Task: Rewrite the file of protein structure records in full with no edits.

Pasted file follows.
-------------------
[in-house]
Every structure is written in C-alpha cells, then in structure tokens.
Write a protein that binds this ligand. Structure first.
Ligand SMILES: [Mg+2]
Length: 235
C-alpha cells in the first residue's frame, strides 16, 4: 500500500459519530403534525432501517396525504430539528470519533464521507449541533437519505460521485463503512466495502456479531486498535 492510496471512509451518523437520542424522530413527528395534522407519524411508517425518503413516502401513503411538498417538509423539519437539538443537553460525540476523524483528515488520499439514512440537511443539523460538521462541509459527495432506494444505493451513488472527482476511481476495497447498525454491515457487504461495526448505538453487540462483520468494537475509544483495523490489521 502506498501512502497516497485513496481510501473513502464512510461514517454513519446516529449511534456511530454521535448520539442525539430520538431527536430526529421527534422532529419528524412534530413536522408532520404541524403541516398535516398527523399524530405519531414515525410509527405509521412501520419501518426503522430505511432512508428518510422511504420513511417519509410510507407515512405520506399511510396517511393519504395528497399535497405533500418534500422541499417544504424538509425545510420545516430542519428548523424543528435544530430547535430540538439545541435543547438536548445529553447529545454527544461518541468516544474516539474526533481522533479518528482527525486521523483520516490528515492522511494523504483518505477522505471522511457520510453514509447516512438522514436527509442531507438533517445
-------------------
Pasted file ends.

[in-house]
Every structure is written in C-alpha cells, then in structure tokens.
Write a protein that binds this ligand. Structure first.
Ligand SMILES: [Mg+2]
Length: 235
C-alpha cells in the first residue's frame, strides 16, 4: 500500500459519530403534525432501517396525504430539528470519533464521507449541533437519505460521485463503512466495502456479531486498535 492510496471512509451518523437520542424522530413527528395534522407519524411508517425518503413516502401513503411538498417538509423539519437539538443537553460525540476523524483528515488520499439514512440537511443539523460538521462541509459527495432506494444505493451513488472527482476511481476495497447498525454491515457487504461495526448505538453487540462483520468494537475509544483495523490489521 502506498501512502497516497485513496481510501473513502464512510461514517454513519446516529449511534456511530454521535448520539442525539430520538431527536430526529421527534422532529419528524412534530413536522408532520404541524403541516398535516398527523399524530405519531414515525410509527405509521412501520419501518426503522430505511432512508428518510422511504420513511417519509410510507407515512405520506399511510396517511393519504395528497399535497405533500418534500422541499417544504424538509425545510420545516430542519428548523424543528435544530430547535430540538439545541435543547438536548445529553447529545454527544461518541468516544474516539474526533481522533479518528482527525486521523483520516490528515492522511494523504483518505477522505471522511457520510453514509447516512438522514436527509442531507438533517445